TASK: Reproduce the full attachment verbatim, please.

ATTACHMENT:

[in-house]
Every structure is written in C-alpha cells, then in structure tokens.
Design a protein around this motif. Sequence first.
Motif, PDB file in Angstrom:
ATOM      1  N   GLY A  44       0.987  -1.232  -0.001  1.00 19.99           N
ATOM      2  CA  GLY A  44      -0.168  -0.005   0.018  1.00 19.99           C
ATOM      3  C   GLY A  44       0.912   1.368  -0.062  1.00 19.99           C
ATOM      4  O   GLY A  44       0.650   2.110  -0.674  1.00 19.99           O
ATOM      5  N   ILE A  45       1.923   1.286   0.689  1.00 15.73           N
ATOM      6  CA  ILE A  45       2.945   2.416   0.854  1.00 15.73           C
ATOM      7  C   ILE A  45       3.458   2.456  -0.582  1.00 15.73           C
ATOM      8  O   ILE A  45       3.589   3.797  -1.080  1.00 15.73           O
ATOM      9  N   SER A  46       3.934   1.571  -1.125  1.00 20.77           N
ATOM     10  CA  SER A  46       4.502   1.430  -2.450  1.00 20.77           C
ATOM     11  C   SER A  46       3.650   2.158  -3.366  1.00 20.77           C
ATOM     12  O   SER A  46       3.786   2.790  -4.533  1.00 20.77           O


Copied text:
[in-house]
Every structure is written in C-alpha cells, then in structure tokens.
Design a protein around this motif. Sequence first.
Motif, PDB file in Angstrom:
ATOM      1  N   GLY A  44       0.987  -1.232  -0.001  1.00 19.99           N
ATOM      2  CA  GLY A  44      -0.168  -0.005   0.018  1.00 19.99           C
ATOM      3  C   GLY A  44       0.912   1.368  -0.062  1.00 19.99           C
ATOM      4  O   GLY A  44       0.650   2.110  -0.674  1.00 19.99           O
ATOM      5  N   ILE A  45       1.923   1.286   0.689  1.00 15.73           N
ATOM      6  CA  ILE A  45       2.945   2.416   0.854  1.00 15.73           C
ATOM      7  C   ILE A  45       3.458   2.456  -0.582  1.00 15.73           C
ATOM      8  O   ILE A  45       3.589   3.797  -1.080  1.00 15.73           O
ATOM      9  N   SER A  46       3.934   1.571  -1.125  1.00 20.77           N
ATOM     10  CA  SER A  46       4.502   1.430  -2.450  1.00 20.77           C
ATOM     11  C   SER A  46       3.650   2.158  -3.366  1.00 20.77           C
ATOM     12  O   SER A  46       3.786   2.790  -4.533  1.00 20.77           O